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Unformatted text preview: 4/2009 7:00:00 PM Oil DDW 2012 1 US alternative energy investments spillover and quickly reduce oil dependence Sadorsky, Associate Professor of Economics at the Schulich School of Business, York University, 11 Perry Sadorsky, Associate Professor of Economics at the Schulich School of Business, York University, 12-11, [“Some future scenarios for renewableenergy,” Futures, Volume 43, Issue 10, December 2011, Pages 1091–1104 Special Issue: Energy Futures, http://www.sciencedirect.com/science/article/pii/S0016328711001741] E. Liu The changes in technology needed to bring about a renewable energy infrastructure would likely result in one of the biggest bursts of innovation, creativity, and investment the world has ever seen. This would result in an example of what Joseph Schumpeter called “creative destruction” [40]. New “green jobs” would be created as a transition to a low carbon world takes place. A future without oil might be closer than thought. Some, like Lovins et al. [27] have already laid out a viable road map for how, by 2050, the United States economy can be flourishing with no oil at all. Lovins et al. [27] advocate investing $180 billion over the next decade to eliminate U.S. oil dependence. The U.S. current imports approximately 66% of the oil consumed on a daily basis. Rather than spending money on importing oil, investments can be made to lessen and gradually eliminate the dependence on imported oil. In their calculations, this investment will result in a gross savings of $130 billion. They advocate using a four step approach that relies on creative destruction to revitalize the energy sector. First, oil efficiency must be doubled by using advanced but proven technologies to design and build ultralight vehicles. Second, business and public policies must be developed to accelerate the design and manufacturing of light weight materials, like carbon-fiber composites, that can be used in buildings, vehicles, heavy trucks and airplanes. Third, petroleum products must be replaced with biofuels. Fourth, increase efficiency in the natural gas sector to save half the projected 2025 use of natural gas. These savings will mean more natural gas can be used to make hydrogen and this will provide a convenient secure path to the hydrogen economy. While this four step plan is specifically designed for the United States, there is no reason why parts or all of this strategy could not be adopted in other countries.33 52 Oil DDW 2012 1 US purchases of oil control its market price – Reductions in consumption decrease its price Jaffe, Wallace S. Wilson Fellow for Energy Studies at the James A. Baker III Institute for Public Policy at Rice University , 08 Amy Myers Jaffe, Wallace S. Wilson Fellow for Energy Studies at the James A. Baker III Institute for Public Policy at Rice University, 4/5-08, [“The Impending Oil Shock: An Exchange,” Survival: Global Politics and Strategy, 50:4, 61-82, http://www.tandfonline.com/doi/abs/10.1080/0039633080232904...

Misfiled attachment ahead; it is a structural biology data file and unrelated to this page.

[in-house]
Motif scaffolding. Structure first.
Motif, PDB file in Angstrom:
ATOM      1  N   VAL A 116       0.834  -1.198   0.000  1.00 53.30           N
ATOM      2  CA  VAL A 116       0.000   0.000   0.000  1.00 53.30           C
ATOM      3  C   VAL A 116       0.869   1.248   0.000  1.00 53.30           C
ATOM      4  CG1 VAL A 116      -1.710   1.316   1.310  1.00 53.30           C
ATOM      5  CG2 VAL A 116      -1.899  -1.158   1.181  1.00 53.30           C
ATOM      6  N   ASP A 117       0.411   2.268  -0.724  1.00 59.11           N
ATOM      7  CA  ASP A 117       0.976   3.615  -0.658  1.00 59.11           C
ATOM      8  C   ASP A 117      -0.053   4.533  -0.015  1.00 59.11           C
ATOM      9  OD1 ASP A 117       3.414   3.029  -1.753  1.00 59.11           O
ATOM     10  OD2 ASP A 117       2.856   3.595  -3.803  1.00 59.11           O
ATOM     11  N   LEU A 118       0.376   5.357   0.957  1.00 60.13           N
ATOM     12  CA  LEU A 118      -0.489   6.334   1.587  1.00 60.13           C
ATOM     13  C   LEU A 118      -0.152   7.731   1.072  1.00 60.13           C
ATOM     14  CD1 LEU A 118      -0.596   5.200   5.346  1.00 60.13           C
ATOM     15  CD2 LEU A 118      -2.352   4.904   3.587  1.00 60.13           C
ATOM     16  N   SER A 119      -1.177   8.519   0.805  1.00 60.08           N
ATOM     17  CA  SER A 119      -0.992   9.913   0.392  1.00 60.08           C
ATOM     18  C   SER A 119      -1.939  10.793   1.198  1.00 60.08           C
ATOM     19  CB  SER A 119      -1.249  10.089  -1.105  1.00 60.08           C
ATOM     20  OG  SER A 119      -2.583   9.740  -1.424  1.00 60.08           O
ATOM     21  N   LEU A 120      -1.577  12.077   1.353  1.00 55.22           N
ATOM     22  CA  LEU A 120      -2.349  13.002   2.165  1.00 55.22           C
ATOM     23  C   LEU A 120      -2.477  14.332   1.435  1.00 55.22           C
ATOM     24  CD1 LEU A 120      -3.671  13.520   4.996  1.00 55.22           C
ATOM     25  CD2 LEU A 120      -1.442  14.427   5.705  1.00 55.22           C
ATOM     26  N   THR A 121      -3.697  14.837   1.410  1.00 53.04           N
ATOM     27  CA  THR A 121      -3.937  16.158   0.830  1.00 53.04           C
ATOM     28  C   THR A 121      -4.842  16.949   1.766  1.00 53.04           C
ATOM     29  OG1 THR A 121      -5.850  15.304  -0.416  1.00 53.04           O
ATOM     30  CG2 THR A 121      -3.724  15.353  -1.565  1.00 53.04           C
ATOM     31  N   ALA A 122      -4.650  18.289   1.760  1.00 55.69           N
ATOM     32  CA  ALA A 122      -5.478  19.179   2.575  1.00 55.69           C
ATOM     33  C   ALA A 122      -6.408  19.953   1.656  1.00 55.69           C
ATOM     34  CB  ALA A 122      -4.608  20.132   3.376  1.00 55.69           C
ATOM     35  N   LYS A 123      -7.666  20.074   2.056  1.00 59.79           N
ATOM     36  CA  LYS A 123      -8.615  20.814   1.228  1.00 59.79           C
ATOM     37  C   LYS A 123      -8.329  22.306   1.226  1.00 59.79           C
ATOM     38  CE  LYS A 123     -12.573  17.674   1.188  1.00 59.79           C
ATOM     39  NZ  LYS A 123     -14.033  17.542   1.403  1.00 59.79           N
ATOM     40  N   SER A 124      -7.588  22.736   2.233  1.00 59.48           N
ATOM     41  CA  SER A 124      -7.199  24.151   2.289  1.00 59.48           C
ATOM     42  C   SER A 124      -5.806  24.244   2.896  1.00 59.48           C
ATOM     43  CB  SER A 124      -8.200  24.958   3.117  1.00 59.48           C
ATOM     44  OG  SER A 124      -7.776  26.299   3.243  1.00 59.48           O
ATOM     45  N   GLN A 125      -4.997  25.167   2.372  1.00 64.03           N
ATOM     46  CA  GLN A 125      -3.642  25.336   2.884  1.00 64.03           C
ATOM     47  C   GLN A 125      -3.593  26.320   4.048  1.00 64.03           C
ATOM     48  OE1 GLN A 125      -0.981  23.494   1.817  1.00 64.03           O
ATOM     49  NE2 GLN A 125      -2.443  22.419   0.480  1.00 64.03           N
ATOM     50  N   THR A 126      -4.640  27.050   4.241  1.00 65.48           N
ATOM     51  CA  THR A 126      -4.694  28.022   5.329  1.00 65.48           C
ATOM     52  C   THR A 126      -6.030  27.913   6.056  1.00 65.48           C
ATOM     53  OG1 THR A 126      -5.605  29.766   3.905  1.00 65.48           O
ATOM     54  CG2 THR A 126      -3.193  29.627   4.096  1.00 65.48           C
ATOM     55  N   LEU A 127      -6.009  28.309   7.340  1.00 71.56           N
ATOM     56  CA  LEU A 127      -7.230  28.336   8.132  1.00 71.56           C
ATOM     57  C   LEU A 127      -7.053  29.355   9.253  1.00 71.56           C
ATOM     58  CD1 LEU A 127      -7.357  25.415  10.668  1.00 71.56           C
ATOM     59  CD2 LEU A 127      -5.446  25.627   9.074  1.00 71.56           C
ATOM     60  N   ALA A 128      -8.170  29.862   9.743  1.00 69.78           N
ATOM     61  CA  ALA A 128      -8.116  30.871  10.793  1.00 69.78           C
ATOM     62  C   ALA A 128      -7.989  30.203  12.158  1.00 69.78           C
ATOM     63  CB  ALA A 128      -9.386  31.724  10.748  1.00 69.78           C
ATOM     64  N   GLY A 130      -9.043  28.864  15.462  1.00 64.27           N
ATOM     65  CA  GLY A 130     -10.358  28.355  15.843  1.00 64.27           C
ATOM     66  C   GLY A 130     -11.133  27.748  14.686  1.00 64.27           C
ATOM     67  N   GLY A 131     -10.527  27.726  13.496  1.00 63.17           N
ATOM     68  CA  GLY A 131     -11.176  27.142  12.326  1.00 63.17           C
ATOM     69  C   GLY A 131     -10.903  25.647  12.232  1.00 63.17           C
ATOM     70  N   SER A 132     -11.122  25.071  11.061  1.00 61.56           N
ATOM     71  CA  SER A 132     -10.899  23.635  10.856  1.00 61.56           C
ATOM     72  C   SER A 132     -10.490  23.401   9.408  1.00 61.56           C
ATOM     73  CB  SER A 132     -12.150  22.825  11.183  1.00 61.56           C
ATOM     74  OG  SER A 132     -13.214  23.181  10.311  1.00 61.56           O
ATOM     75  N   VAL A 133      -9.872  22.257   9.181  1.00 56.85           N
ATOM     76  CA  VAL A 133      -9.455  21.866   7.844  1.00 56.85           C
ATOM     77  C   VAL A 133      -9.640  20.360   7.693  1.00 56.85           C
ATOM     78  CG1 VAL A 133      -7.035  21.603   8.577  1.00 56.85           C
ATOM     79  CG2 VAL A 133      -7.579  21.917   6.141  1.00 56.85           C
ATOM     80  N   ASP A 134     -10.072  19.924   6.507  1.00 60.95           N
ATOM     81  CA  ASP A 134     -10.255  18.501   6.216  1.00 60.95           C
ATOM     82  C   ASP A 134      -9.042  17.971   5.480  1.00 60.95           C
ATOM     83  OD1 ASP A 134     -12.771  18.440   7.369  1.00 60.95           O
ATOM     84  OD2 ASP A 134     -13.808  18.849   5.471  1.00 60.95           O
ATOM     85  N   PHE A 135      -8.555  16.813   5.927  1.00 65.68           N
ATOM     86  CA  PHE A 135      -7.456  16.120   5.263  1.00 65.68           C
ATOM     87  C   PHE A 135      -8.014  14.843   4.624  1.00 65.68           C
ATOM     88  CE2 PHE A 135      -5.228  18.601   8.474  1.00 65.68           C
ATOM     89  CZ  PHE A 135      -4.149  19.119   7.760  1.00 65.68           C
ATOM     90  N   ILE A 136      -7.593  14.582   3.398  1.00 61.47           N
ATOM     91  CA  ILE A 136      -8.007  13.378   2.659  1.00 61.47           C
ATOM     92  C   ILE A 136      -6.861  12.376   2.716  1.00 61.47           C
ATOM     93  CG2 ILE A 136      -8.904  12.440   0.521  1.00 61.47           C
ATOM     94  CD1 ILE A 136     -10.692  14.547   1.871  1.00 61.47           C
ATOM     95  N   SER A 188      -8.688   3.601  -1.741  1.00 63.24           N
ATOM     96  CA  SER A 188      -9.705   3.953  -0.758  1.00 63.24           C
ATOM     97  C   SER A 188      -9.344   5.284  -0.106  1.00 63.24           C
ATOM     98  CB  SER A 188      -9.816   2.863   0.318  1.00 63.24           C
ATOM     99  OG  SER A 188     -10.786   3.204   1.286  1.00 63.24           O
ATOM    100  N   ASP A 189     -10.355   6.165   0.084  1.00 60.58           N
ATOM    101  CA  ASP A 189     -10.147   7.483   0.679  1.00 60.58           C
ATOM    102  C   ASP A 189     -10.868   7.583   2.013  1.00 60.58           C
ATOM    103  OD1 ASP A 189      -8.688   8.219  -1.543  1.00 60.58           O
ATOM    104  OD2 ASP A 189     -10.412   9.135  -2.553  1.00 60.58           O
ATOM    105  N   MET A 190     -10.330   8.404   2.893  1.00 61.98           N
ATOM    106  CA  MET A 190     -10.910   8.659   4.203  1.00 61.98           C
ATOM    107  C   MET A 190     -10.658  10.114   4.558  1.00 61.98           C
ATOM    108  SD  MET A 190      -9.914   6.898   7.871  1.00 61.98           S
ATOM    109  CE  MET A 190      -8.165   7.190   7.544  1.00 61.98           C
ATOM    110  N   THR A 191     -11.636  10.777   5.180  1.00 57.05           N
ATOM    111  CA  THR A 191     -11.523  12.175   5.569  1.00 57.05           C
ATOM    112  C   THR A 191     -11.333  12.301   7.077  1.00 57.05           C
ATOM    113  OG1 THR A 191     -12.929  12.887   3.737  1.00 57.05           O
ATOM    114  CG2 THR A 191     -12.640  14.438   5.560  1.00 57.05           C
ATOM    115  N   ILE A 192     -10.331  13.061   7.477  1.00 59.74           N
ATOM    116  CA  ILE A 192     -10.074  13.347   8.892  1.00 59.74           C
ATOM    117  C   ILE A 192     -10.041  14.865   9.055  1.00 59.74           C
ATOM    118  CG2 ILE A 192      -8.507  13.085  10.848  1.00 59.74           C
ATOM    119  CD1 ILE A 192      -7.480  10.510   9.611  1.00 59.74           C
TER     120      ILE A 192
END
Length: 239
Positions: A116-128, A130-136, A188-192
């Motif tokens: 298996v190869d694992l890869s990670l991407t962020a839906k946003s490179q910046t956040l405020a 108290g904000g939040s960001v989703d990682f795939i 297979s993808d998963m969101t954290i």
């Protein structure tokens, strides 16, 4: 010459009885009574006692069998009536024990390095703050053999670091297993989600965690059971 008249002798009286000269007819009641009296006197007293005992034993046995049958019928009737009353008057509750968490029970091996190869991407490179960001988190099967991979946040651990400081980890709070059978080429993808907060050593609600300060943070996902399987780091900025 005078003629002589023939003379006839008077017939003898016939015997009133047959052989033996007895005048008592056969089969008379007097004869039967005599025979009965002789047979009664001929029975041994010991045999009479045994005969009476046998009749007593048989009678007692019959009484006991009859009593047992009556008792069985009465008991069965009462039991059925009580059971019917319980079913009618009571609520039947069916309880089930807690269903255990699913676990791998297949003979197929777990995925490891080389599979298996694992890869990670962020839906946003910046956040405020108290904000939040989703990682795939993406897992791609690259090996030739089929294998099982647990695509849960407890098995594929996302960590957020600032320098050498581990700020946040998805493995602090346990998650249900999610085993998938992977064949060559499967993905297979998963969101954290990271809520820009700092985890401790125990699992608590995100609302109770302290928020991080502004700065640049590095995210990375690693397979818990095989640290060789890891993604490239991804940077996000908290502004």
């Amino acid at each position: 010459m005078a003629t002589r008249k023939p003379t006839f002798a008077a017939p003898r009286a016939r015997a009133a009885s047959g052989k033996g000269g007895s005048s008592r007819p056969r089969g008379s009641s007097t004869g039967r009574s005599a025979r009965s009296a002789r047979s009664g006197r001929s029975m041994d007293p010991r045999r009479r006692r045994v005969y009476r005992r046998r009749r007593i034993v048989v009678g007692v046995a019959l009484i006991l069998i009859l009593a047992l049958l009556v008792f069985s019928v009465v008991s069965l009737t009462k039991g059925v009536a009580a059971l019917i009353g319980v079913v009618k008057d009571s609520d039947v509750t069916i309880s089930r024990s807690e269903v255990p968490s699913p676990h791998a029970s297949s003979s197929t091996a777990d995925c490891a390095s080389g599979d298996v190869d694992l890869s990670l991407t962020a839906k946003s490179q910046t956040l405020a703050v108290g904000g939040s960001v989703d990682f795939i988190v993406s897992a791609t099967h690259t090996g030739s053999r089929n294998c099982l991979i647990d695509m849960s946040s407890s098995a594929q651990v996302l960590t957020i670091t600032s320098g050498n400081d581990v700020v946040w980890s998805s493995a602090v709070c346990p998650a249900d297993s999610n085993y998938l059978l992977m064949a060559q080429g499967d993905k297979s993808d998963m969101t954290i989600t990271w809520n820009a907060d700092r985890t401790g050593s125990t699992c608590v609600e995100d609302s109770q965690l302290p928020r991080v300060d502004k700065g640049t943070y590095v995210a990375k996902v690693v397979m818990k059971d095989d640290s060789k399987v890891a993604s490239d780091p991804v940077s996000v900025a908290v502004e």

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This note was uploaded on 01/30/2013 for the course ECON 101 taught by Professor Burke during the Spring '13 term at Southern Arkansas University.

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